Courtesy the artist and A3.

Del Kathryn Barton, hard wet (2017).

More body than depictions of mad love. Or perhaps not?

Do they have to be exclusive?

How else do we best express our innermost, ineffable feelings of love and desire than with our bodies? Mad, mad love is hard to contain, hard to articulate, and hard to understand. It must be elevated to and expressed in the physical, in its rawest and most honest form.

The late Mirdidingkingathi Juwarnda Sally Gabori’s three large colorful abstract paintings (Thundi [2010]; Dibirdibi Country [2011]; and Dibirdibi Country [2012]) demand your attention in its dynamism. The thick, heavy brushstrokes are unrestrained and wild, like an unorganized song or dance; like the frantic undulations of a mad love. The titles of the artworks inform us that the paintings are representative of the lands from which her husband and father had come, thereby positioning family, identity, and place as the focal point of Gabori’s expression. The physical act of painting, the movements of the body, is used to tell a story of love and loss.

Mirdidingkingathi Juwarnda Sally Gabori, Thundi (2010).

Paul Yore also deals with the theme of cultural identity in his 2016 mixed-media work, Art is Nature—though in this case, it is given a different kind of treatment. The 112 x 104cm satirical piece is a regurgitation of stereotypical Australiana. Koalas, spiders, a snake, “Give us a beer mate!”—all true, yes, though very much demonstrating the outsider’s limited perspective of Australia. Running along the top, disharmonious letters spell out “Abject! Australian Art”, which at its most basic level, highlights an utter lack of pride or dignity. A deeper consideration of the term ‘abject’ brings our focus to the body and bodily functions, which so happens to be the main visual focus in Art is Nature.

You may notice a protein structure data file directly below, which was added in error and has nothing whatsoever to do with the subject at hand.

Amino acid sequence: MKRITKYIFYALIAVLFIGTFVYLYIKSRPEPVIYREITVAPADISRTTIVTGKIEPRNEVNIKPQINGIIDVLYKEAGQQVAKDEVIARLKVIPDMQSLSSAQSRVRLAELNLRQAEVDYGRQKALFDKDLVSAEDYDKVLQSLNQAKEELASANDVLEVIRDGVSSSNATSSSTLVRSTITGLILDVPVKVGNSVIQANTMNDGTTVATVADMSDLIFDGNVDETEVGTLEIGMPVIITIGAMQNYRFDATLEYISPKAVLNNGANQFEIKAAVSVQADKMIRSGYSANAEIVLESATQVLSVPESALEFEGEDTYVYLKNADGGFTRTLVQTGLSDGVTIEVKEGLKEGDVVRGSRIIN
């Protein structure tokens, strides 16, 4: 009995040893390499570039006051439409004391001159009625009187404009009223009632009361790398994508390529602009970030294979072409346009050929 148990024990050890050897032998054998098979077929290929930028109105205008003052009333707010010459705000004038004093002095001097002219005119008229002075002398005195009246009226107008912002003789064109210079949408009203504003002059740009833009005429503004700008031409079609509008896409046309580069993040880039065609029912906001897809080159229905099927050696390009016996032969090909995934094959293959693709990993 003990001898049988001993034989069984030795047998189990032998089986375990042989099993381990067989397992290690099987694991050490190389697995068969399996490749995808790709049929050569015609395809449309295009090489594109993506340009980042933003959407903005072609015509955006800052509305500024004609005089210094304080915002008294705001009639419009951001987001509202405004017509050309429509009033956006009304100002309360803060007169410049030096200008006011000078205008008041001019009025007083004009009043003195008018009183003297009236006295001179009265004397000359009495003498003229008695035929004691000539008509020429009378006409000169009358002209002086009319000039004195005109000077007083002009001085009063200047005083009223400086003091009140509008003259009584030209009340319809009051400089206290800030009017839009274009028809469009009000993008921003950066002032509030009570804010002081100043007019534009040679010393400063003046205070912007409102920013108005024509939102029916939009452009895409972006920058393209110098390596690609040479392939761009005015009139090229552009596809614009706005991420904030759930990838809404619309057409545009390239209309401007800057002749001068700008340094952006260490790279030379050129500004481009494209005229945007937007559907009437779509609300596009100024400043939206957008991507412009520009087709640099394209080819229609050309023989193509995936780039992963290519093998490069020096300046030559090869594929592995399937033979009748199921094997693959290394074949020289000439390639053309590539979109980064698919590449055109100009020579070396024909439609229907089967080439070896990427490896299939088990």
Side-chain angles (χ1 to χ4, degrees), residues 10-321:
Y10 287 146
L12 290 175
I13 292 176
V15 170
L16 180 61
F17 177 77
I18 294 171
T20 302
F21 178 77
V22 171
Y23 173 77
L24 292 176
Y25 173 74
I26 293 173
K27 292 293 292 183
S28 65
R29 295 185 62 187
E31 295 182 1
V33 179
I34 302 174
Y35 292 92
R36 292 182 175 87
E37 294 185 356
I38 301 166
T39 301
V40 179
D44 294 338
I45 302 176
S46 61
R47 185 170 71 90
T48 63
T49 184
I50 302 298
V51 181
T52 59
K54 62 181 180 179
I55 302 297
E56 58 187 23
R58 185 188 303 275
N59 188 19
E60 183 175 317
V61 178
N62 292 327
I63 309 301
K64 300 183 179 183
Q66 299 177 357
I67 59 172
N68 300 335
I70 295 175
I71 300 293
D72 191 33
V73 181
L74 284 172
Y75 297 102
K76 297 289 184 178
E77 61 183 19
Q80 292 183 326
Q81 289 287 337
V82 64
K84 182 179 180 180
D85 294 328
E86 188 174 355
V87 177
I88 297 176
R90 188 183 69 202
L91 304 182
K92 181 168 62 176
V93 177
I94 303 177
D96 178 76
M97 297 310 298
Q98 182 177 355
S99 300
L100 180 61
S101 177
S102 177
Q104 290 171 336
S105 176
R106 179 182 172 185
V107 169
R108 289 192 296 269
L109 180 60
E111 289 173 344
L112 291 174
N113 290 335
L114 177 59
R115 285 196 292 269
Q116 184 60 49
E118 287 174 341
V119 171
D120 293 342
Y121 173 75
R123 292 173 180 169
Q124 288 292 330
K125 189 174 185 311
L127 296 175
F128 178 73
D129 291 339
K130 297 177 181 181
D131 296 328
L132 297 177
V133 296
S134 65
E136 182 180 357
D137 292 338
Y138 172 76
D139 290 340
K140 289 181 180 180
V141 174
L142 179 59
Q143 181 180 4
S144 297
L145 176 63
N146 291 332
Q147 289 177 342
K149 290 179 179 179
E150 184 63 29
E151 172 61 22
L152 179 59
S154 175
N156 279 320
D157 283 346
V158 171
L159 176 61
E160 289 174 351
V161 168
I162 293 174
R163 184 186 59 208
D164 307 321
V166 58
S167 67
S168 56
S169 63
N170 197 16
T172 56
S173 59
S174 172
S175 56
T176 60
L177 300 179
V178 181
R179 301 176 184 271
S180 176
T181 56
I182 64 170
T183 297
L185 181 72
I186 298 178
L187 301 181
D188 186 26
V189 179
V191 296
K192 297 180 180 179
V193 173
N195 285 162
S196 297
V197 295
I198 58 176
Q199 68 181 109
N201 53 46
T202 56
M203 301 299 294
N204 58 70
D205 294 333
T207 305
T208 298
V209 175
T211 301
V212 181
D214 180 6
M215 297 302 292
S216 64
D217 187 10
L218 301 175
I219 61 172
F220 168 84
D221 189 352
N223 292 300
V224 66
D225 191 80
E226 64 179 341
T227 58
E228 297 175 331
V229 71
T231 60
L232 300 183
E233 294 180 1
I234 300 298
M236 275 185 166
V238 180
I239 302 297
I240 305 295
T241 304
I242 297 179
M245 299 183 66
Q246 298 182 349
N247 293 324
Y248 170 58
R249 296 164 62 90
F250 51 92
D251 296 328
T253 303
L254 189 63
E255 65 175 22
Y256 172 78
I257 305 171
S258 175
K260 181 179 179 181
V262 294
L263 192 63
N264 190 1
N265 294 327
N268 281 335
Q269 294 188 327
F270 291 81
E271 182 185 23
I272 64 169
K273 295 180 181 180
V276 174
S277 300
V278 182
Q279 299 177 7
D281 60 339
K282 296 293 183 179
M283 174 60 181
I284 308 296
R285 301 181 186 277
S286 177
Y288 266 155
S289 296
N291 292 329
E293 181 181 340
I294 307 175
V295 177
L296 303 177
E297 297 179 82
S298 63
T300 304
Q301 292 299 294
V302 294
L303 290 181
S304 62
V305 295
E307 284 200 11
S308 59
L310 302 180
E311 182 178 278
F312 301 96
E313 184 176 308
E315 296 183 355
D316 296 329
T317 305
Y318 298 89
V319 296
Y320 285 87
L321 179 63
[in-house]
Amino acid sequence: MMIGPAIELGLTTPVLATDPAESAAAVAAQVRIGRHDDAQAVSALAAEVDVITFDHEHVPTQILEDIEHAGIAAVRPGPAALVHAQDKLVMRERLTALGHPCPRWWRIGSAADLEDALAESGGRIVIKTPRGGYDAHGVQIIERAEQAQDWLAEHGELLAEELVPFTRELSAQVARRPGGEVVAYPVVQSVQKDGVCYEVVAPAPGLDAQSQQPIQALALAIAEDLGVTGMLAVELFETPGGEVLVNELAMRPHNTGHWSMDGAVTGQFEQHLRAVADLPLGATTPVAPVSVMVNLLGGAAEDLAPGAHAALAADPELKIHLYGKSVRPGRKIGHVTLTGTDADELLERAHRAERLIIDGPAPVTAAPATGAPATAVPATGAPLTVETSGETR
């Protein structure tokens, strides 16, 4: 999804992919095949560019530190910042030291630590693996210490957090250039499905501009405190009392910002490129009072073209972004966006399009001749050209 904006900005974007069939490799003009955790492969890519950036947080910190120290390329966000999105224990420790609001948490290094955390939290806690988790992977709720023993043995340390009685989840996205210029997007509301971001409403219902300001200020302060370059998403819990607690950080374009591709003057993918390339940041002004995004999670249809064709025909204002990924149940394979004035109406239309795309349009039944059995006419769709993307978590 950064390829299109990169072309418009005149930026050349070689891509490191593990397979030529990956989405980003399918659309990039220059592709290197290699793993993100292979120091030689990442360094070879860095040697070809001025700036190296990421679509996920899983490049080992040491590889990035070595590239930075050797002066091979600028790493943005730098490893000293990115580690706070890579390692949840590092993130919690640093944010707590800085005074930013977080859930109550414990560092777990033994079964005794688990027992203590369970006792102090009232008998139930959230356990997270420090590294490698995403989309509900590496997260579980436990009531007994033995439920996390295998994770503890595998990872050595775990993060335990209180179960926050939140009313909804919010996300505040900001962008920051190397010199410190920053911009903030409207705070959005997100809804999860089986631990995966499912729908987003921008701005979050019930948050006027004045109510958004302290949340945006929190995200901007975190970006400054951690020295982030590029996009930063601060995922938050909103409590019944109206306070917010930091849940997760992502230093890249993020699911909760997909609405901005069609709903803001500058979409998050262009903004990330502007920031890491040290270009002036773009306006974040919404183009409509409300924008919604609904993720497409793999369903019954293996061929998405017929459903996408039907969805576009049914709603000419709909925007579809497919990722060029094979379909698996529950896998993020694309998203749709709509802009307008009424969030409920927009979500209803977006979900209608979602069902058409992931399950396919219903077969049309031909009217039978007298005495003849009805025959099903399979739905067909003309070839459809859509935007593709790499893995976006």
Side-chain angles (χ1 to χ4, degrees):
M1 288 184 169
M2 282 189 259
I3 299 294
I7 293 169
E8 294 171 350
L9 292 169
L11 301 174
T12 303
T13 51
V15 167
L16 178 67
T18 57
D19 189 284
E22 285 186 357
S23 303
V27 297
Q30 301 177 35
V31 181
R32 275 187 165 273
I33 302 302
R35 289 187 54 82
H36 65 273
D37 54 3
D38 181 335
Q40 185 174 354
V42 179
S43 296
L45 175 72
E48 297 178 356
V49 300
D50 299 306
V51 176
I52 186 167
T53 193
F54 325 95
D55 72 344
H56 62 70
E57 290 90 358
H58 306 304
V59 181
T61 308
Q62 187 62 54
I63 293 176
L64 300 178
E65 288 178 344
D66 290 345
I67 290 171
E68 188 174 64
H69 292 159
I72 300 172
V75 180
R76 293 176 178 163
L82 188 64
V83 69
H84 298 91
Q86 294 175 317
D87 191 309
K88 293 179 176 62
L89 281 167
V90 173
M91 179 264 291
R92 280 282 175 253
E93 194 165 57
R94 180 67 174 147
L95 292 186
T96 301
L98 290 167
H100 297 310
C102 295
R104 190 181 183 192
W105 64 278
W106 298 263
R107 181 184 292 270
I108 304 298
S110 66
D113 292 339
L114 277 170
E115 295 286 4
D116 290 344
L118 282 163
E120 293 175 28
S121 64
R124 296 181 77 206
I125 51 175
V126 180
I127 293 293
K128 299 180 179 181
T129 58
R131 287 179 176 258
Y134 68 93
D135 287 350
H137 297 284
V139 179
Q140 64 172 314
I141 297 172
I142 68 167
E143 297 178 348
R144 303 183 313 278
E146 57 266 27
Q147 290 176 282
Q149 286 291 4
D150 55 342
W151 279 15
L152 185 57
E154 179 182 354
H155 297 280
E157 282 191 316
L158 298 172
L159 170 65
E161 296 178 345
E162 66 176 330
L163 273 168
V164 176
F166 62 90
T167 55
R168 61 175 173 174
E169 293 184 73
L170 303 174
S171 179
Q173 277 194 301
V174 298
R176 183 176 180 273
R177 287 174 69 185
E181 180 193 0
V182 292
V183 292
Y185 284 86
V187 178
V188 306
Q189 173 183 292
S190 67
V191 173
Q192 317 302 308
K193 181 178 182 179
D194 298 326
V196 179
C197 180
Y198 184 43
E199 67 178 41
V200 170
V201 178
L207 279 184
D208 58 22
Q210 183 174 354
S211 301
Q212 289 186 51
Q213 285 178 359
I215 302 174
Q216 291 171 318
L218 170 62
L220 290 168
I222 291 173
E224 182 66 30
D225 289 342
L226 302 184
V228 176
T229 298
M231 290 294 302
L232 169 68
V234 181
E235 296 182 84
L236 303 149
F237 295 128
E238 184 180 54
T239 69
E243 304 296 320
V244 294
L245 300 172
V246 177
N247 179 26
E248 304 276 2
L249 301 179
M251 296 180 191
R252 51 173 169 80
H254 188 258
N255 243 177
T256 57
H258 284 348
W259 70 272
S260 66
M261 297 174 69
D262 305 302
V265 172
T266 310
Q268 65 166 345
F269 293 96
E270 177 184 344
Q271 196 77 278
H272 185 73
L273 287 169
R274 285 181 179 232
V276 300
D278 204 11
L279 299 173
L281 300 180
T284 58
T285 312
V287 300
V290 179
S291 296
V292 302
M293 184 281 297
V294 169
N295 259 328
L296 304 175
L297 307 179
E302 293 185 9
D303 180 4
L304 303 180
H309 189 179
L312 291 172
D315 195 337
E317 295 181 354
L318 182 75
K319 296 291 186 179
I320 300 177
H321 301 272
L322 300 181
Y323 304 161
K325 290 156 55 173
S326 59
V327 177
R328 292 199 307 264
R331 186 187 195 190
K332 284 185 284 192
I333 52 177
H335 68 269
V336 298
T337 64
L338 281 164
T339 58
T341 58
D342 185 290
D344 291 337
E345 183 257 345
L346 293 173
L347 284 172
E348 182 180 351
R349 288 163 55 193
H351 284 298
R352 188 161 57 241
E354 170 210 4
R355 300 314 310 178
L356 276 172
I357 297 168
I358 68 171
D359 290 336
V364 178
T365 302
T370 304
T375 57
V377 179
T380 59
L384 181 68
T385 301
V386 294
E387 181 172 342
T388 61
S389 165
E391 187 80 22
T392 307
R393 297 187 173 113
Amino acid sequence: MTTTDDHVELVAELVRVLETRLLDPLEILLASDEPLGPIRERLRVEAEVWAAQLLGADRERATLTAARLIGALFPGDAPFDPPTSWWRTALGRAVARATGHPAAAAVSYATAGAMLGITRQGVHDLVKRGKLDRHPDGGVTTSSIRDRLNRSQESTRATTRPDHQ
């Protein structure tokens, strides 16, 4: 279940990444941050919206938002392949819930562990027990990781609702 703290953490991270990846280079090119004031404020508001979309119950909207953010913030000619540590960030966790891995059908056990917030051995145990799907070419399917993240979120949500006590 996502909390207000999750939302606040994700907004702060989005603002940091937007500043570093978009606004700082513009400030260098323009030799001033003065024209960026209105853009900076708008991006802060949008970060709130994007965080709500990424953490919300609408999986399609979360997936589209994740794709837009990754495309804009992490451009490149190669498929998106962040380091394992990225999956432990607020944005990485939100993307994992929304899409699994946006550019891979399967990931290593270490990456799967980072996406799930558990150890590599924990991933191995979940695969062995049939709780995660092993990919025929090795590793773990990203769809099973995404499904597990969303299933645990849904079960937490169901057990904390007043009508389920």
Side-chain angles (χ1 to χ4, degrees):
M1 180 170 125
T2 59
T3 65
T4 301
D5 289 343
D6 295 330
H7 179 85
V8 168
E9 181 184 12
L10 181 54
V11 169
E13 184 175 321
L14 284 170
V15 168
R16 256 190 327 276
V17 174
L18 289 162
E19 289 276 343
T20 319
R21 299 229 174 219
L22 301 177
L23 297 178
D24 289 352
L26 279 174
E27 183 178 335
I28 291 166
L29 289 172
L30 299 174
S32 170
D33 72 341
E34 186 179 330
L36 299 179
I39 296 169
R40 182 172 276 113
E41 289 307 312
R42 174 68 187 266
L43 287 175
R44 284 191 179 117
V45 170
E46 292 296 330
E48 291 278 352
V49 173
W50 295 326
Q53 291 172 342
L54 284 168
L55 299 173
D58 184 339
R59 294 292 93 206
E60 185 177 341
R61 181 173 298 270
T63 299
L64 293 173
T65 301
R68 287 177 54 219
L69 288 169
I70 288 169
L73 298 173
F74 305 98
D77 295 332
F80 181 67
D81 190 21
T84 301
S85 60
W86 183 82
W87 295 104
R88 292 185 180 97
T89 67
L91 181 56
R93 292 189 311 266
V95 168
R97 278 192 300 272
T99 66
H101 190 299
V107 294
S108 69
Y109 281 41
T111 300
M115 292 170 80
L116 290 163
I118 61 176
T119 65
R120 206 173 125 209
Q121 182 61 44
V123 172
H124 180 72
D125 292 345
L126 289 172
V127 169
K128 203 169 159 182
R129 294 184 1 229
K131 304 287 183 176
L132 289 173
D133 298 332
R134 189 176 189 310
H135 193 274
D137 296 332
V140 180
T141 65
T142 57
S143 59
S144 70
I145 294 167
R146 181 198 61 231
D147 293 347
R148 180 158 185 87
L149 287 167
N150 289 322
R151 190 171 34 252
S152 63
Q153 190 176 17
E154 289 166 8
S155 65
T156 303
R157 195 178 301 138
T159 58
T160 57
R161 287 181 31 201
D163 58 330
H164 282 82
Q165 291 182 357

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Paul Yore, Art is Nature (2016).

Abjection is the disgust at and consequent repel of something that transgresses and threatens our perception of a clean body. The abject disturbs the understanding of self and identity, system, and order. It is the moment where meaning breaks down and is simultaneously our reaction to such a breakdown. The abject is primal. It does not adhere to rules or restrictions. And that’s exactly what mad love is. “Feelings r not facts”, exclaims the koala whilst engaged in fellatio, an incredible feat within itself. Sometimes it just doesn’t make any sense at all.

Barton’s own contributions to the exhibition depict the frenzied nature of love, however, instead of embracing it, the young female subject in and stain through hair and flesh…….. and stain through fur and flesh…….. (2017) appears to be overcome by the madness, slipping into a catatonic state. Her wide, unfocused eyes and slightly parted lips make her seem detached and as though she is no longer able to make sense of the mayhem (depicted by the dynamic red zigzags) that has her trapped, bending and reducing her into an almost foetal position.


Del Kathryn Barton, and stain through hair and flesh…….. and stain through fur and flesh…….. (2017).
Courtesy the artist and A3.


The impacts of mad love seem to be a lot more forgiving for the two-headed figure in hard wet (2017), though a certain vulnerability is still present. Here the being is buoyed into an otherworldly stratosphere, encircled by plants and birds, offspring of mother nature. The result is an erotically-charged image that seeks to bring light to and elevate the notion of female pleasure and desire.

Beyond the expressions of unbridled, teetering-on-the-insane passion within the artworks of the exhibiting artists, “mad love” is overall a descriptor of the artists’ love for doing what they do, for the creating of art. It is the risks they take, doing it all in spite of the controversies that may come. It is the mad love Gabori has for her family and her country. It is the mad love Piccinini has for the unconventional. It is the mad love Yore has for transgression. And finally, the exhibition is a showcase of the mad, mad love Barton has for each of the exhibiting artists, each one offering a different insight into the human condition.



The mad love exhibition is currently on at Arndt Art Agency Fasanenstraße 28, 10719 Berlin until September 29, 2017.